Discover the various ways visitors could travel about the fairgrounds.

At the center of the fairgrounds, dominated by the futuristic Trylon and Perisphere, the Theme Center is where many people began their adventure in the World of Tomorrow.

Powered by dozens of gears and electrical relays, Elektro the Westinghouse Moto-Man fascinated thousands of fair-goers with his witty remarks and state of the art antics.

The central feature of the General Motors Highways and Horizons pavilion, Futurama provided a glimpse of what a modern city might look like in 1960.

Many Americans were introduced to the idea of television at the fair. One feature was a closed circuit studio where visitors could be televised and friends and family could view their performance on a receiver in an adjacent room.

The Transportation Zone included exhibits related to the automotive industry, railroads, marine travel and much more. The most popular attraction was the lavish Railroads on Parade pageant.

Literature, historical documents, consumer goods and scientific information was among the many items crammed into the torpedo shaped Westinghouse Time Capsule. The Capsule was buried fifty feet below the Westinghouse exhibit, to remain undisturbed for five thousand years.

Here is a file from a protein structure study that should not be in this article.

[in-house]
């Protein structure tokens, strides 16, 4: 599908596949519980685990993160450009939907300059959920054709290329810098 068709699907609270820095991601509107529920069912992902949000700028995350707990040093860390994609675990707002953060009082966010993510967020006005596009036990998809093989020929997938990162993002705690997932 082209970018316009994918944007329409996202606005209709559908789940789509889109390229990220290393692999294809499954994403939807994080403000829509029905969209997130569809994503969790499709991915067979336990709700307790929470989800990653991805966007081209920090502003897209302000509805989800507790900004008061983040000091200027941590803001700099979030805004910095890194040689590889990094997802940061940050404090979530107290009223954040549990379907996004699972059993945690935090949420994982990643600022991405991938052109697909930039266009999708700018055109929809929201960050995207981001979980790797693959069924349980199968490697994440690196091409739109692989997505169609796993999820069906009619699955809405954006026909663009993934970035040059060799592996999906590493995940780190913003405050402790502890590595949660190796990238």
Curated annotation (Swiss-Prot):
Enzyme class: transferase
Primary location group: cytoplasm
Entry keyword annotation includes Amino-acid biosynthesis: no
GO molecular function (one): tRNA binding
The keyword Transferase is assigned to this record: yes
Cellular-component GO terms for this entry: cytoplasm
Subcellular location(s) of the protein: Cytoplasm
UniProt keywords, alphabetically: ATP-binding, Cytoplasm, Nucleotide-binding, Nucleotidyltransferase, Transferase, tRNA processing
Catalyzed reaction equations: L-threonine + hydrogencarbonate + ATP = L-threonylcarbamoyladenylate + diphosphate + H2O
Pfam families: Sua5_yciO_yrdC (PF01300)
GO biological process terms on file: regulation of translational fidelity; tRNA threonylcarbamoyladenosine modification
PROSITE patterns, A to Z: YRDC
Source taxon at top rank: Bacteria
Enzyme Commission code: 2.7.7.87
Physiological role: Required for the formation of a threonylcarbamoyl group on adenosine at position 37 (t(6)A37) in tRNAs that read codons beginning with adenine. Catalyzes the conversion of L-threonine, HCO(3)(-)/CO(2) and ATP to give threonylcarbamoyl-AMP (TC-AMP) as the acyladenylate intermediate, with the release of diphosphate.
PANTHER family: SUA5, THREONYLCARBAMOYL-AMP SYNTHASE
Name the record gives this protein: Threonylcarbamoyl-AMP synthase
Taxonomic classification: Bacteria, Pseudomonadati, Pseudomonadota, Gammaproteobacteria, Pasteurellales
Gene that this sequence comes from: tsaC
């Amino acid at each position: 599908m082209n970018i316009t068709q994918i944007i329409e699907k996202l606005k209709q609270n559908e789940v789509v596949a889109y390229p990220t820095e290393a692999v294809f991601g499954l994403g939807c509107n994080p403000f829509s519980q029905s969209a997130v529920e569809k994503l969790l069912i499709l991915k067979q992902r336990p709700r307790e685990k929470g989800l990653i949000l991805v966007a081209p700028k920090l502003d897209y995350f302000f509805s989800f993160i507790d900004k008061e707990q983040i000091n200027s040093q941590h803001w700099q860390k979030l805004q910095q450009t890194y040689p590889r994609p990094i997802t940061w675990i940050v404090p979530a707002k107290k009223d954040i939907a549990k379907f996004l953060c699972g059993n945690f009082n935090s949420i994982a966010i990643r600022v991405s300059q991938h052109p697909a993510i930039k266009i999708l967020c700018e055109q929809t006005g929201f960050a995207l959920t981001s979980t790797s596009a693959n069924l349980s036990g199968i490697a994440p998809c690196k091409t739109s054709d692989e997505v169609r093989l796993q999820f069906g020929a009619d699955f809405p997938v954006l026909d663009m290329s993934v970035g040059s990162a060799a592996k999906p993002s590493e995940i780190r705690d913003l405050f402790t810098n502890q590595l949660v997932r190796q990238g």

Assembling the time capsule.


Buried fifty feet beneath the Westinghouse building, the time capsule provides not only a lasting legacy of the Fair, but also a way to preserve and protect modern human arts and culture so that our far distant descendants may gain an understanding of who we are and what we have accomplished.

Constructed of a copper alloy dubbed Cupaloy, it is believed that the capsule and its contents will survive until it is opened in the year 6939. The long, slender tube contains not only samples of consumer goods and cultural icons of the early 20th century, but also microfilm versions of world literature, scientific treatises and papers, works of art and much more.

To ensure that future archaeologists would be able to read the material, a tiny microscope, instructions for building a microfilm reader and documents explaining the English language were included. In addition, books containing a list of included items were deposited at hundreds of sites around the world with instructions to translate and copy the material as language and media continue to evolve.

The contents of the Time Capsule.
An appeal from the founder of the Susan B Anthony forum to include the contribution of a woman in the contents of the Time Capsule.


In yet another clip from The Middleton Family at the New York World's Fair, Jim Treadway explained the capsule to the Middletons.


The Time Capsule as it is lowered into the ground.
The monument marking the location of the Time Capsule as it existed in 1958.